In late 1997 the Highlands Church and Solidarity Action Group (HCSAG) conducted a qualitative study of 93 households in the villages of Khohlontso, Ha Nkokana, Ha Mensel, Ha Theko, Ha Ramanamane, Ha Seshote, and Ha Lejone. All of these villages are in close vicinity to the Katse Reservoir. They found that:

  • 40 % of the grievances lodged 3 years ago were not addressed in any way whatsoever; 55% of the grievances were, to varying degrees, partially addressed; and 5 % of the grievances were fully addressed. It is worth noting that two of the four households whose grievances were fully addressed claimed not to be satisfied with the compensation.
  • Only 2 of the 93 households reported to be satisfied with their compensation. Of the 38 claims that were not addressed in any way whatsoever, 26 (68%) received no reason from LHDA as to why this was the case; 10 (26%) received promises of compensation, but nothing was ever delivered; and 2 (5%) received an explanation as to why no action had been taken.

The LHWP Treaty signed in 1986 guarantees that people will “be enabled to maintain a standard of living not inferior to that obtaining at the time of first disturbance.” [Article 7, paragraph 18]. Contrary to the commitment established in the 1986 agreement, the HCSAG survey of affected households found that,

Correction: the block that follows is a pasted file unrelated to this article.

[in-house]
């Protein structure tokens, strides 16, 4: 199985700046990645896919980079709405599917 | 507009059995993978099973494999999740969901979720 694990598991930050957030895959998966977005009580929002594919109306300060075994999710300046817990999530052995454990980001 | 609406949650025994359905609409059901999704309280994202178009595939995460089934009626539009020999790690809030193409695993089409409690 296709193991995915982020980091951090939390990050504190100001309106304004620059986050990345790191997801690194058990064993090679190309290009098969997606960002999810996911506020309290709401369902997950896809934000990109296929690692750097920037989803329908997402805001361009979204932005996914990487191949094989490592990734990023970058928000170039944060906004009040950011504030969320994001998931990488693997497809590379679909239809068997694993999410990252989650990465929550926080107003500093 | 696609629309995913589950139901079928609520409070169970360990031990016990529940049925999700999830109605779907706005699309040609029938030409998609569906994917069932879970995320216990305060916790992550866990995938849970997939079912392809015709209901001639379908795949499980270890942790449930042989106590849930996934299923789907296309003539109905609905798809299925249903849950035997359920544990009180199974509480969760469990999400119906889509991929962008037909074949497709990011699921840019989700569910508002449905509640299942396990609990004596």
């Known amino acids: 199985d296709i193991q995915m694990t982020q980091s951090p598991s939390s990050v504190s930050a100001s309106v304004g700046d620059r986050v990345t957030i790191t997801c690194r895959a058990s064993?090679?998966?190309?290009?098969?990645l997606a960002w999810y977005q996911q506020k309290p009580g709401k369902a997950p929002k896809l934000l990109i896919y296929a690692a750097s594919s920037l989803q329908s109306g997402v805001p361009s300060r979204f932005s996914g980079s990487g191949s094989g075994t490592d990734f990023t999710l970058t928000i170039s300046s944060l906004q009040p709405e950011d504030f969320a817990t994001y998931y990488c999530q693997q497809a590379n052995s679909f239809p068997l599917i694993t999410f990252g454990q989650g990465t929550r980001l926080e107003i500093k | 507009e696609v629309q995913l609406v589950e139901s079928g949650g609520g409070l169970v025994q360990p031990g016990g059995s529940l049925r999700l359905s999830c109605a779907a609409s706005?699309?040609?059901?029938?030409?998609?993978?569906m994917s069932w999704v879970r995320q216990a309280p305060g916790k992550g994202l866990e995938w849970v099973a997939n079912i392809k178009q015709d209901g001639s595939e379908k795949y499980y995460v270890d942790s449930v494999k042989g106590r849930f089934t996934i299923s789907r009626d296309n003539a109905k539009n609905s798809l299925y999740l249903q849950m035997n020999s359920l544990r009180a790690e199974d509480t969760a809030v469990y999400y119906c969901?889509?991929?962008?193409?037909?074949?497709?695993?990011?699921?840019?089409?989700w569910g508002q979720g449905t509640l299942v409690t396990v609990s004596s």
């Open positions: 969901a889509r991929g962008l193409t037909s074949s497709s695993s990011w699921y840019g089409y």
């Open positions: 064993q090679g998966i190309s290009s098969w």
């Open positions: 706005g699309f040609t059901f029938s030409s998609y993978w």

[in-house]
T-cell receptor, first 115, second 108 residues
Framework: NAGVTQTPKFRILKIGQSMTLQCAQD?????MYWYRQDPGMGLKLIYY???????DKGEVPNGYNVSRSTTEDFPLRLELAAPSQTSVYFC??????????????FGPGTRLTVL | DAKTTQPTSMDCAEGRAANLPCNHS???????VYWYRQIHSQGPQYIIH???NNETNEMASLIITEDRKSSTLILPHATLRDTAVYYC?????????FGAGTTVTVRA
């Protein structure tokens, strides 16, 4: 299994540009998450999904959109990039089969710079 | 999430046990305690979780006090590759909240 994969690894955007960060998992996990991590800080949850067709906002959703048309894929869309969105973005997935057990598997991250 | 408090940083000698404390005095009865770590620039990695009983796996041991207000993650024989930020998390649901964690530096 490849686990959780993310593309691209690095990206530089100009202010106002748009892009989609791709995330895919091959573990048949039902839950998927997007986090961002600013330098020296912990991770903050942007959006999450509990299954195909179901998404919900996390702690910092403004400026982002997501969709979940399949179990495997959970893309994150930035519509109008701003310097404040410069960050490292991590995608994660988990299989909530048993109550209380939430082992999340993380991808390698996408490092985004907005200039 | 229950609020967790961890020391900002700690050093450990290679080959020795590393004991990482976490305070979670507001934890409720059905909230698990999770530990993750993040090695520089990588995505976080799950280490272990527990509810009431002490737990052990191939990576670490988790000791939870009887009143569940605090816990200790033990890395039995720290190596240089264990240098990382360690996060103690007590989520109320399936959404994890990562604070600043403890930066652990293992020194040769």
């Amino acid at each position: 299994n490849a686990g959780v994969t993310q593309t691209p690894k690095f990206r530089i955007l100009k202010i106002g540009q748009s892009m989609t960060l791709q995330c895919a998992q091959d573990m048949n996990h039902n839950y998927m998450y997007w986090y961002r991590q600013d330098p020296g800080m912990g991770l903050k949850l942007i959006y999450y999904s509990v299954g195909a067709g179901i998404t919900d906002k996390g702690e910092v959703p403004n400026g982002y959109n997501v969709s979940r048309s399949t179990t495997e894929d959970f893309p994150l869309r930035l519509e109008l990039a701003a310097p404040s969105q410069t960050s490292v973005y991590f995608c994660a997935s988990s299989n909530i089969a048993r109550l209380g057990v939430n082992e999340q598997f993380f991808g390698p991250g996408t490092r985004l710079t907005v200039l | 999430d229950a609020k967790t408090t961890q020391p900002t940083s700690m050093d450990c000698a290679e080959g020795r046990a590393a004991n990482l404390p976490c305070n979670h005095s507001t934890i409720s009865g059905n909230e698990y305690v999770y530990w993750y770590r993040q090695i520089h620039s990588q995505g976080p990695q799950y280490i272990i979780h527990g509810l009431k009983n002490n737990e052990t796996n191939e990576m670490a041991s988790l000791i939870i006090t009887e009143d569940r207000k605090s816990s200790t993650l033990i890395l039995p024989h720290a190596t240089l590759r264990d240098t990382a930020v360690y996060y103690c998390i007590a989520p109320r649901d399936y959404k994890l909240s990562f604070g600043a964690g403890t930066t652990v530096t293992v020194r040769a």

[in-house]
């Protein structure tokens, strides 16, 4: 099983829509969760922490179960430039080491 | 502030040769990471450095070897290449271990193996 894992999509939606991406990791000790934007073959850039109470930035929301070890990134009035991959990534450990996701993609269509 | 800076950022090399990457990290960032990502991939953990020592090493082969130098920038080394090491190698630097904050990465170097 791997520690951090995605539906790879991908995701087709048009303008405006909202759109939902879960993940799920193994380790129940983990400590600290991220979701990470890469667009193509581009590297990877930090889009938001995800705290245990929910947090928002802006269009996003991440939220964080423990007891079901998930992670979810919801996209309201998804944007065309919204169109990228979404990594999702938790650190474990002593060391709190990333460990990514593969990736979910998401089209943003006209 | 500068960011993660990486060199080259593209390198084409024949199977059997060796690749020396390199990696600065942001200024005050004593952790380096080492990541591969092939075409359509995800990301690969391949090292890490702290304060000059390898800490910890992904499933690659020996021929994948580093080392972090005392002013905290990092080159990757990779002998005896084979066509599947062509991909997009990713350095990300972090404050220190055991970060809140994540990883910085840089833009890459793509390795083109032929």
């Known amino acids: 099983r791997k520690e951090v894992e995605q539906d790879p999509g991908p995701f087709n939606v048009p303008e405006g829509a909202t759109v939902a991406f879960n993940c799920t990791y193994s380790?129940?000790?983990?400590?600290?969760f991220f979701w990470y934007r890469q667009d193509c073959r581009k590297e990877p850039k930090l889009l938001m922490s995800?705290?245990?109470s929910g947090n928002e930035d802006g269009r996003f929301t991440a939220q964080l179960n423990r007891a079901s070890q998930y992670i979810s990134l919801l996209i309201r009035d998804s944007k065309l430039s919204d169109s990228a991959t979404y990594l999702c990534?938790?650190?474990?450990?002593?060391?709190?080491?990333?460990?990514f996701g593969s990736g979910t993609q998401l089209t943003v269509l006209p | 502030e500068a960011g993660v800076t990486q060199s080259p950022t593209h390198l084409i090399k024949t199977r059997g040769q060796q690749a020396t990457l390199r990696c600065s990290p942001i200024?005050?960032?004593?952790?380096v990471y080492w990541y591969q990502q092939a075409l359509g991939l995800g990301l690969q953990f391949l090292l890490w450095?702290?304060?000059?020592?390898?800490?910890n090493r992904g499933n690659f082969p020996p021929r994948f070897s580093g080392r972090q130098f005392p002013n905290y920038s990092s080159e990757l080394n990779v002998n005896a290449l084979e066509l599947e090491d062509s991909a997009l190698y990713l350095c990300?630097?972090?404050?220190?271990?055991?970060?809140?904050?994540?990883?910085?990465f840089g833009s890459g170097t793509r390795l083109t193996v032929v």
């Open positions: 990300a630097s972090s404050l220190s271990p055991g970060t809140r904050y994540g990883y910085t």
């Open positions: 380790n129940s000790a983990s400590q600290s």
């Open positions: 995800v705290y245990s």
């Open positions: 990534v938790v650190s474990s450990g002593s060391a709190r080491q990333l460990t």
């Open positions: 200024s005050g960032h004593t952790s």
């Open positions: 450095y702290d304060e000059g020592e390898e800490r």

• 75% felt that their standard of living had decreased since the beginning of the project;
  • 15% felt that they were living at the same level and
  • 10% felt that their standard of living had been raised since the beginning of the project.

The program that is intended to help affected people find new livelihoods is particularly weak and few highlanders have been helped in any significant way by it. Called the “Rural Development Program” it has been marked by a lack of capital to help local people start new businesses, not enough or inadequate training opportunities, and little information on finding replacement land for those who wish to continue farming but have lost their lands to the project.

Clearly the project and the governments of Lesotho and South Africa have not fulfilled their obligation to the people of the Highlands and as a result the poor Highland communities continue to carry the burden of satisfying Gauteng’s thirst. Meanwhile pre construction activities for Phase 1B ha ve begun without community complaints from the construction of the Katse Dam being satisfactorily settled. Phase 1B will displace up to 400 households – between 1 200 and 1 500 people. A larger number will need to be compensated for the partial loss of land and loss of assets. MOST of the people affected by the LHWP live in the Thaba Tseka district. This district is one of the two poorest districts in the country. The continued construction of any phases of the LHWP without the adequate settlement of grievances and compensation(due to the loss of fields, access to firewood, grazing land and food) will exacerbate the already high poverty levels in the Highlands.

Requests to the Governments of South Africa and Lesotho, and the World Bank